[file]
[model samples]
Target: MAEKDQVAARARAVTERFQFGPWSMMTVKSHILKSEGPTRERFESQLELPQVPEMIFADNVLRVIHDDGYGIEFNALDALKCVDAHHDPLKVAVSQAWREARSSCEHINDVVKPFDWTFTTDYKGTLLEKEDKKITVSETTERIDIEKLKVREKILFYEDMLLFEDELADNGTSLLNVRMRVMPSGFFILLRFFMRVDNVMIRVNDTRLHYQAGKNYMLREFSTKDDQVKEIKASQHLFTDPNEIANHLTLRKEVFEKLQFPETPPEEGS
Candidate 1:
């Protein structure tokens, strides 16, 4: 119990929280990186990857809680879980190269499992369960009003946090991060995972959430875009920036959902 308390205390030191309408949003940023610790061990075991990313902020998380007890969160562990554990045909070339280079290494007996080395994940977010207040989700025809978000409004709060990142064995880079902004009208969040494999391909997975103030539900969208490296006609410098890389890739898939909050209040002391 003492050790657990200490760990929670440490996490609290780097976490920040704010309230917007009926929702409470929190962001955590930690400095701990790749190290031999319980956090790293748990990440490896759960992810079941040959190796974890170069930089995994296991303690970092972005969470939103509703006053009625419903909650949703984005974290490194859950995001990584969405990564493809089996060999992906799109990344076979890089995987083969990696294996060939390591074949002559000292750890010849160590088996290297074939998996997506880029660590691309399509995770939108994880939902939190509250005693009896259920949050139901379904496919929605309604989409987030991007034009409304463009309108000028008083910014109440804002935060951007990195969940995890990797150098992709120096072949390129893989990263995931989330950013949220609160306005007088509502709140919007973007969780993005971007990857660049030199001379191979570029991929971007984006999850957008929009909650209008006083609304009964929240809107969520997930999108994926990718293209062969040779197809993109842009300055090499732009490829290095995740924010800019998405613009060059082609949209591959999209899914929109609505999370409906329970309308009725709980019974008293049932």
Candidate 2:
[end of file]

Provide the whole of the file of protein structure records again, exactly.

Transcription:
[model samples]
Target: MAEKDQVAARARAVTERFQFGPWSMMTVKSHILKSEGPTRERFESQLELPQVPEMIFADNVLRVIHDDGYGIEFNALDALKCVDAHHDPLKVAVSQAWREARSSCEHINDVVKPFDWTFTTDYKGTLLEKEDKKITVSETTERIDIEKLKVREKILFYEDMLLFEDELADNGTSLLNVRMRVMPSGFFILLRFFMRVDNVMIRVNDTRLHYQAGKNYMLREFSTKDDQVKEIKASQHLFTDPNEIANHLTLRKEVFEKLQFPETPPEEGS
Candidate 1:
């Protein structure tokens, strides 16, 4: 119990929280990186990857809680879980190269499992369960009003946090991060995972959430875009920036959902 308390205390030191309408949003940023610790061990075991990313902020998380007890969160562990554990045909070339280079290494007996080395994940977010207040989700025809978000409004709060990142064995880079902004009208969040494999391909997975103030539900969208490296006609410098890389890739898939909050209040002391 003492050790657990200490760990929670440490996490609290780097976490920040704010309230917007009926929702409470929190962001955590930690400095701990790749190290031999319980956090790293748990990440490896759960992810079941040959190796974890170069930089995994296991303690970092972005969470939103509703006053009625419903909650949703984005974290490194859950995001990584969405990564493809089996060999992906799109990344076979890089995987083969990696294996060939390591074949002559000292750890010849160590088996290297074939998996997506880029660590691309399509995770939108994880939902939190509250005693009896259920949050139901379904496919929605309604989409987030991007034009409304463009309108000028008083910014109440804002935060951007990195969940995890990797150098992709120096072949390129893989990263995931989330950013949220609160306005007088509502709140919007973007969780993005971007990857660049030199001379191979570029991929971007984006999850957008929009909650209008006083609304009964929240809107969520997930999108994926990718293209062969040779197809993109842009300055090499732009490829290095995740924010800019998405613009060059082609949209591959999209899914929109609505999370409906329970309308009725709980019974008293049932």
Candidate 2: